70% of breaches are detected by a third-party

46 percent of organizations that have suffered a data breach took more than four months to detect a problem, and more than three months to mitigate the risk. Worryingly, the survey of 1,000 IT professionals, conducted by OnePoll on behalf of LogRhythm, also revealed that 70 percent of breaches were detected by a third-party, rather than the organization itself.

Perhaps unsurprisingly, 73 percent believe their company’s data is vulnerable to being hacked, while 47 percent think their company should be doing more to improve the time it takes to detect and respond to threats.

While 59 percent of IT professionals say poor cyber security practices can have a big impact on business growth, a corresponding survey of 2,000 consumers found that many employees lack the awareness required to identify potential threats. The survey revealed that 86 percent of UK consumers do not know what spearphishing is, while 40 percent of those that have fallen victim to such a ruse have ended up sharing confidential information. Despite this, two thirds (66 percent) of employees do not receive any training on how to stay safe online at work.

“It’s clear that even though big breaches are consistently making headlines around the world, businesses are still not doing enough to protect their networks from today’s threats. Every organization today should see themselves as a target and have the necessary systems in place to identify and mitigate threats as soon as they arise – which is clearly not happening,” said Ross Brewer, vice president and managing director for international markets at LogRhythm. “While the maturity of an organization’s security can vary dependent on budgets and its own risk tolerances, today’s threat landscape is such that if a hacker wants to get in, they will, which means every single organization should seriously consider putting systems in place that will immediately alert them to suspicious activity.”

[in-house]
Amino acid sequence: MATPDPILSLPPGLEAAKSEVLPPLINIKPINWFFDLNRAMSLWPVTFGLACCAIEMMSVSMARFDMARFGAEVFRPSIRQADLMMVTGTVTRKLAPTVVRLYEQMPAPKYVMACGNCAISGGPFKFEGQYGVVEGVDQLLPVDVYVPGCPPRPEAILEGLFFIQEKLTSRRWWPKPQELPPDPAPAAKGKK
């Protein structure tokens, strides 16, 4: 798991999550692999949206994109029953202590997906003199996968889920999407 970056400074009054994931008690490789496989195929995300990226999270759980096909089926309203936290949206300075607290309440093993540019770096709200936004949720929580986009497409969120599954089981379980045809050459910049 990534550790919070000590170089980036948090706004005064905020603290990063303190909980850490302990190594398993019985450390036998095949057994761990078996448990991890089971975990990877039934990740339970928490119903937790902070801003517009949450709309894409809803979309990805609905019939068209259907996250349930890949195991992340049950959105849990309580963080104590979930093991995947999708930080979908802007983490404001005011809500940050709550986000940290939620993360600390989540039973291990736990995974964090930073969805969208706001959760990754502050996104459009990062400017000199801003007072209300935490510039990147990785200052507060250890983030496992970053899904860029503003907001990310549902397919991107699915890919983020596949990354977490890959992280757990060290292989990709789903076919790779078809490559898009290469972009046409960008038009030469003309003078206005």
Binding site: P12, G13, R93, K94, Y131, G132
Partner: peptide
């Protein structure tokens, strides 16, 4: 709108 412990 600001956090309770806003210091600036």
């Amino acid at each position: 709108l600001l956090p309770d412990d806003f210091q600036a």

“What’s more, even the most bare-bones business needs to take greater responsibility for educating employees,” continues Brewer. “As the front-line of any business there is the very real danger that, without increased education, an employee could easily and unwittingly leave the door to sensitive information wide open.”

More positively, the survey indicated that employees are now less likely to steal data from an organization than has been seen in previous LogRhythm research. Indeed, a similar survey from LogRhythm last year found that 38 percent of organizations did not have, or did not know of, any systems in place to stop employees accessing information they shouldn’t. In this year’s research this figure fell to 29 percent.

“This is a very positive step forward and shows that organizations are waking up to the insider threat. Over the last 12 months there have been a number of high profile breaches perpetrated by employees and this may have encouraged businesses to pay closer attention to internal goings-on,” said Brewer. “Clearly we are making moves in the right direction, and next year I hope we’ll see similar improvements in the time it takes businesses to detect and respond to breaches.”